Whether or not a youth service professional obtains a credential and what specific credential they obtain are often dictated by what credentialing programs are offered and accessible to them where they live and work. To gain an understanding of what credentialing opportunities are currently available nationwide for youth service professionals, NCWD/Youth conducted a review of pre-service and in-service education and training opportunities that lead to a credential and examined how they align with the YSP/KSAs. The National Youth Employment Coalition (NYEC), a partner in the NCWD/Youth, conducted the credential research, looking specifically for certifications, credentials, and degree programs within the fields of youth development, workforce development, and transition services. Because some of the competencies of youth service professionals cross multiple disciplines and settings, some of the programs of study identified extend beyond these three fields to other professions such as education, counseling, psychology, criminal justice, and human services management.

NYEC identified and examined 63 credential-awarding programs that matched the research criteria. This review by no means includes all available programs, but some information can be gleaned from the review. First, the review indicates that credentials and degree-granting programs for professionals who work with youth have grown significantly over the past two decades. This growth in programs of study suggests an increasing demand for developing the competencies of professionals who work with youth. Nearly half (30) of the programs identified award credentials in youth development specifically, several of which are expressly targeted to professionals working in afterschool program settings. Among the remaining programs, 16 were specific to the workforce development and career counseling professions, nine were specific to the special education transition and disability services professions, nine were specific to the education profession more broadly, and 11 were related to other professions and specializations such as criminal justice, sports and recreation, substance abuse, and assistive technology. This demonstrates how truly cross-disciplinary the youth service profession is.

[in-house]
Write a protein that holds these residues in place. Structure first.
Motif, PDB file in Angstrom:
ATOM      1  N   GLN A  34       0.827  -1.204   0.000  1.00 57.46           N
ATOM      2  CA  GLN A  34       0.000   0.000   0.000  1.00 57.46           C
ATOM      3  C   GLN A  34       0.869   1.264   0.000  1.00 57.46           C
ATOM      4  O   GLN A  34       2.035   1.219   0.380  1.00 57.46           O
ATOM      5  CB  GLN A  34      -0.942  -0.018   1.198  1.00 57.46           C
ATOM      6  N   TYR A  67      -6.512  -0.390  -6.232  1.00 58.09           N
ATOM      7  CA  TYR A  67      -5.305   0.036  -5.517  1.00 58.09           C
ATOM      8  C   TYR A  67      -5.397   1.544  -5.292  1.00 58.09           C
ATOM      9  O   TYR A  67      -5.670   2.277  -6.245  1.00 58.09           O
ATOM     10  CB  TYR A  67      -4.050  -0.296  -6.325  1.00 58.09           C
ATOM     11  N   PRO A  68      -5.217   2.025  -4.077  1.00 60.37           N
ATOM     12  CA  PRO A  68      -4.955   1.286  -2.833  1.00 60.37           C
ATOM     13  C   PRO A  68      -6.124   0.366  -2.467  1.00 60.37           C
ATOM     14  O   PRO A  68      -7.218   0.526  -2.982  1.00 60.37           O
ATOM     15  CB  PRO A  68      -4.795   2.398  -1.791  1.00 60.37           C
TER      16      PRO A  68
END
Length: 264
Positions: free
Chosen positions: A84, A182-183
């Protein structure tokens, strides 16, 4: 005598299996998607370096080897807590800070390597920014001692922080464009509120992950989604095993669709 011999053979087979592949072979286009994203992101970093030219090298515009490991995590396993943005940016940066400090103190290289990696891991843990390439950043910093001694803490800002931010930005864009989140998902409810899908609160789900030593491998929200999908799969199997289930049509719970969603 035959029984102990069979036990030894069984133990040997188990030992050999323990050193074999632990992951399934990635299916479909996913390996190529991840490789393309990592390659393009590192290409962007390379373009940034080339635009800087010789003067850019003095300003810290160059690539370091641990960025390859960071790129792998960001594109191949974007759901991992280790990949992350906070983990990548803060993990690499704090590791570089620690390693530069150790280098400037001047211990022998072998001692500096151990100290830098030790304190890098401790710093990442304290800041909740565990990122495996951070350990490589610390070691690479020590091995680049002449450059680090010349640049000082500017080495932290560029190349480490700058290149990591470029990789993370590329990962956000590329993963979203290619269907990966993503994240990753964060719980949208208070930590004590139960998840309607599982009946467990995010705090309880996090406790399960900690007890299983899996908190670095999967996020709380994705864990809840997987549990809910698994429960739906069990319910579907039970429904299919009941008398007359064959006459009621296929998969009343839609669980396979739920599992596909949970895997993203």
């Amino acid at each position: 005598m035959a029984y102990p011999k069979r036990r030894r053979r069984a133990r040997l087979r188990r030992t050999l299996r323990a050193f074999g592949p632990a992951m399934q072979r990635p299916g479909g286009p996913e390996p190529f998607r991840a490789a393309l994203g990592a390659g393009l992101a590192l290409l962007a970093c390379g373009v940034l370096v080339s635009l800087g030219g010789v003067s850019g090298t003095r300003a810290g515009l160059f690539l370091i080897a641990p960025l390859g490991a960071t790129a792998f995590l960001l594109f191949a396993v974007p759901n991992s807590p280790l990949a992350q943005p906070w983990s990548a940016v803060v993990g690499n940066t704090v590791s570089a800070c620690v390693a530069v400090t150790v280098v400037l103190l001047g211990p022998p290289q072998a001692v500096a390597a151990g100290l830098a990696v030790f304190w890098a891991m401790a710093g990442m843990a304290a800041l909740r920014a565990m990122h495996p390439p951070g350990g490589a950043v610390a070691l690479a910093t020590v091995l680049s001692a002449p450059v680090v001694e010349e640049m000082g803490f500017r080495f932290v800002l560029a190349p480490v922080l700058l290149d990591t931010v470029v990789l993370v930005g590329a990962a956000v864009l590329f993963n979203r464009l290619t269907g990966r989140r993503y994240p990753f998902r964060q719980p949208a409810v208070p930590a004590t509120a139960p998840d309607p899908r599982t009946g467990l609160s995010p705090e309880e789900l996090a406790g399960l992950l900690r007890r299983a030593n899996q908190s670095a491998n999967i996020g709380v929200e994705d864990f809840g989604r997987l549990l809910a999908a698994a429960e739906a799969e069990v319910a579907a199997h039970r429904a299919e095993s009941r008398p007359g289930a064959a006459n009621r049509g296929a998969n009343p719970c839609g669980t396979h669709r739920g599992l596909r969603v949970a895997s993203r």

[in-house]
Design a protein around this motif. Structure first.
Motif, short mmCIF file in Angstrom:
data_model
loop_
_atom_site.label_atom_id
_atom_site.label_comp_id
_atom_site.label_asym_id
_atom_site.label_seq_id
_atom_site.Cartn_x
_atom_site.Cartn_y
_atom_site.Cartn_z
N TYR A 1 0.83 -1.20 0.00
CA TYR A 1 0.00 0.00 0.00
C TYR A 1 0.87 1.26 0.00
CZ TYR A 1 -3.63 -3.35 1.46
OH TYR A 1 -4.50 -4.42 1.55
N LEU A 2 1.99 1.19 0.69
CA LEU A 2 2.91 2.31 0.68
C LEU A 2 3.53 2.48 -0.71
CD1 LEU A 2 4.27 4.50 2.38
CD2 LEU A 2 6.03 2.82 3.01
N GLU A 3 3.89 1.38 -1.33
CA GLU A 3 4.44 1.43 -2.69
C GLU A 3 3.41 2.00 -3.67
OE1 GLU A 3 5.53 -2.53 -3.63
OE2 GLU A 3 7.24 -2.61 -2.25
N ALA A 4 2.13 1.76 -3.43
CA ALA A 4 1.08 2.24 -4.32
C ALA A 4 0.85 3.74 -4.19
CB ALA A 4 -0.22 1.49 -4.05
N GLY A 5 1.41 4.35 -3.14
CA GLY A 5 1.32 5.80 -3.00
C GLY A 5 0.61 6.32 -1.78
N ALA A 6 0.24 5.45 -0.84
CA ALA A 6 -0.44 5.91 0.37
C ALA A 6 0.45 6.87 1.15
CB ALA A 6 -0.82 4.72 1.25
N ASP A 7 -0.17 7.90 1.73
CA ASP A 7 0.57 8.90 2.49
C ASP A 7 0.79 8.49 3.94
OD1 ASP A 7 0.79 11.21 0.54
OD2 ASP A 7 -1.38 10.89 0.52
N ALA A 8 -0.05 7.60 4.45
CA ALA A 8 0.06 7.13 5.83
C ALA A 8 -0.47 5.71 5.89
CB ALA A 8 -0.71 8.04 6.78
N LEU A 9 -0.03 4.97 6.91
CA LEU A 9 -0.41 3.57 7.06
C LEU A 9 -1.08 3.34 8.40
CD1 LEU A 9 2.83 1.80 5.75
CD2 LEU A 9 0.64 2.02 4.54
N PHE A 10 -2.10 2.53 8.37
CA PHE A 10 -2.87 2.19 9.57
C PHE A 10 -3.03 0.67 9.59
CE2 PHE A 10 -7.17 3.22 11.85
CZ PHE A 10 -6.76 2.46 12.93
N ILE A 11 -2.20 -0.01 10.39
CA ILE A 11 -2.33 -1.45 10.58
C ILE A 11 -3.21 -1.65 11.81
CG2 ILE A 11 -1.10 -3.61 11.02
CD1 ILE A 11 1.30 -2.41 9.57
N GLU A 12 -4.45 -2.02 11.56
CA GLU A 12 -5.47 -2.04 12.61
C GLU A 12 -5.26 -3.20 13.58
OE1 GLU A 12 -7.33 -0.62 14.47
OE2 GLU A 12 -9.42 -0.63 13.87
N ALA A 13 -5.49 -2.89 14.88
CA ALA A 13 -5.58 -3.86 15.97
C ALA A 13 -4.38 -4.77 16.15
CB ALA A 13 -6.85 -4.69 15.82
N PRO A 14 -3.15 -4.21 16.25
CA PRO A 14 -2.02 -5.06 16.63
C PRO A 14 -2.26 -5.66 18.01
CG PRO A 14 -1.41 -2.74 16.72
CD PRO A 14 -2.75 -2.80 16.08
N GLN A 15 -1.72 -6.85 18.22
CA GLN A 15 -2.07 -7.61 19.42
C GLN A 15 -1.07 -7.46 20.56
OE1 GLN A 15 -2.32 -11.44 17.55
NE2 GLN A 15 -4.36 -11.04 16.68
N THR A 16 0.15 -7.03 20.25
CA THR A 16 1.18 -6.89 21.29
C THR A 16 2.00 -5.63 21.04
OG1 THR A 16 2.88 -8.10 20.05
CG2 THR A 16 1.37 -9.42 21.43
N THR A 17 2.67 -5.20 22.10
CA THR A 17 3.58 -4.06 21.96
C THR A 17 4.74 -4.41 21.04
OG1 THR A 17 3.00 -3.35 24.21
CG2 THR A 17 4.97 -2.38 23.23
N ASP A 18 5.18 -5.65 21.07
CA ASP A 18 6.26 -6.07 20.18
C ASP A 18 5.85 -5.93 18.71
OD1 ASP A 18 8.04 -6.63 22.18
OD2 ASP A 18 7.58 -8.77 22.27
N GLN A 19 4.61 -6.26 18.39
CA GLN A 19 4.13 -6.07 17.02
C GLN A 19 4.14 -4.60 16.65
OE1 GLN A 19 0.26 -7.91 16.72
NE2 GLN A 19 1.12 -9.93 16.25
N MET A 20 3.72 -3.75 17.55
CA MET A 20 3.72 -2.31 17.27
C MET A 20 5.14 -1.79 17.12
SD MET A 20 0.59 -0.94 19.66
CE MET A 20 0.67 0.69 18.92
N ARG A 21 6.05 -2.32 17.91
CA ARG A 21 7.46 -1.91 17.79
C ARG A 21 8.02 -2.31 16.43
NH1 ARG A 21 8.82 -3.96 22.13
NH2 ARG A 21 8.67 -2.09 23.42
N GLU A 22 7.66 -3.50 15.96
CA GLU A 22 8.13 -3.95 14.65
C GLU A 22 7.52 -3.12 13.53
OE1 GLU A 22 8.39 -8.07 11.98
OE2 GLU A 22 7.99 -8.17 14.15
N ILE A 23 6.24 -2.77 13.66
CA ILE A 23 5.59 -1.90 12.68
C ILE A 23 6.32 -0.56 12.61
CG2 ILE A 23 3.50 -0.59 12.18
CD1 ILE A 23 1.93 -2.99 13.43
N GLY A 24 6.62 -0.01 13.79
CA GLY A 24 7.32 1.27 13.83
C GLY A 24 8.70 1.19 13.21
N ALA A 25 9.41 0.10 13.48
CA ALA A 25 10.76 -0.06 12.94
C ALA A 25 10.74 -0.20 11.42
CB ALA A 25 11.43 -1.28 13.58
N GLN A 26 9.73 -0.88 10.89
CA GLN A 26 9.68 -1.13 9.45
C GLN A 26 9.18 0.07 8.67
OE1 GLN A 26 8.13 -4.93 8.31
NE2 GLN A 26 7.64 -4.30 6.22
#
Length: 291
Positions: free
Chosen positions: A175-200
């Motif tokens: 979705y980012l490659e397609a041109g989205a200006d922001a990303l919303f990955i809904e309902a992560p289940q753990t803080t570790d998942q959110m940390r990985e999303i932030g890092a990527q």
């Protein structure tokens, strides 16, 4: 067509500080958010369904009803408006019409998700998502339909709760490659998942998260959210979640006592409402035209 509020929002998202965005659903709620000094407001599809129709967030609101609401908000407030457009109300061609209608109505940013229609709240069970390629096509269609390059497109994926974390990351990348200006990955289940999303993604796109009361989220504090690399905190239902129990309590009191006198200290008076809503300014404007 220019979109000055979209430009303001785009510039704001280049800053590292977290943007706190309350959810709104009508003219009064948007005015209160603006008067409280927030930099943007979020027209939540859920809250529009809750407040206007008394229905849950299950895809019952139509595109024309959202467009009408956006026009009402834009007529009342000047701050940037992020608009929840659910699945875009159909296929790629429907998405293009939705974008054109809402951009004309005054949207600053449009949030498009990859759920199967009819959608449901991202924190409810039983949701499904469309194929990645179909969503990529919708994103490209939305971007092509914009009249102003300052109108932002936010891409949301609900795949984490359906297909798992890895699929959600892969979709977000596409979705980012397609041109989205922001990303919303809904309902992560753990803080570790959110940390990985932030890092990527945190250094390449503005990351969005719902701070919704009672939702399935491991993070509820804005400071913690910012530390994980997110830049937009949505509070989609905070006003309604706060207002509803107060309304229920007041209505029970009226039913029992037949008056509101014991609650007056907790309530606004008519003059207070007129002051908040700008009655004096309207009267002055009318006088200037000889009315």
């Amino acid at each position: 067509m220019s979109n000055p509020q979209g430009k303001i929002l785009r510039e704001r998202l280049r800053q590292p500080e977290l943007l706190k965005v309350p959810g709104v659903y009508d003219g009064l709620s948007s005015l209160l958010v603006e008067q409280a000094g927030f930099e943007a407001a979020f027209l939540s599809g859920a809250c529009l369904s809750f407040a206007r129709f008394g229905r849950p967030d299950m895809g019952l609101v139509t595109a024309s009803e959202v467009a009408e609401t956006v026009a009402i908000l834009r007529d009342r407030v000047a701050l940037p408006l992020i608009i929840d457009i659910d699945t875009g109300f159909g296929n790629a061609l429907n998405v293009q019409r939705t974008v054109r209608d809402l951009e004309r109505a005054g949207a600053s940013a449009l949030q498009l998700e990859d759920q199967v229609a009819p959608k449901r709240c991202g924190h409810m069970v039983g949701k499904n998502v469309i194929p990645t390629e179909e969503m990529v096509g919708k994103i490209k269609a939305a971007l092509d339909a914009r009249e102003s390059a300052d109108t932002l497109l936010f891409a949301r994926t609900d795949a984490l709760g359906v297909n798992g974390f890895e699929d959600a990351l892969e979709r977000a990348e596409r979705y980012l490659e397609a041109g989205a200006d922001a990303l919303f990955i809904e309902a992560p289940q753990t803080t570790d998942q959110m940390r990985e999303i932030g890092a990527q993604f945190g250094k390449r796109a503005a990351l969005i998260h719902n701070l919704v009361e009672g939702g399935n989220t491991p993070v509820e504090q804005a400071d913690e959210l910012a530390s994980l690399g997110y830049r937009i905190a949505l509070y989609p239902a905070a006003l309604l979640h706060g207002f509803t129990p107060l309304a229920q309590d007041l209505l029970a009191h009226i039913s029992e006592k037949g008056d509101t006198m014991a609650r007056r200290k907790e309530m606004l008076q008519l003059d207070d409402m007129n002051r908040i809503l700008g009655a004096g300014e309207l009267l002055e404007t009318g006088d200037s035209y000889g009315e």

The majority of the programs identified are available to individuals who already have a bachelor’s degree: 15 programs are graduate level certificates, 15 are master’s degree programs, and three are doctorate programs. The review also identified 14 non-graduate level certificate programs, which are the most accessible option to individuals who have not yet obtained a bachelor’s degree. At the associate’s degree level, two programs were identified while three of the programs awarded bachelor’s degrees. This suggests that credentials relevant to the competencies needed by youth service professionals are more readily available to individuals who already have a significant level of education. The limited number of associate’s and bachelor’s degree programs in the youth development and workforce development fields exposes the absence of a career pathway that could attract new talent into the youth service profession.

With respect to accessibility, the majority of the programs identified require participants to attend classes and training sessions in-person while one-third are delivered online or provide an online option. In-person training formats offer many benefits to participants; however, the lack of online learning options limits access to training for those who do not live or work near the institution offering the program, as well as those with time constraints due to work and family commitments.  An uneven geographical distribution of the programs identified also limits accessibility. The majority of the programs identified are located in the Midwest and southern states.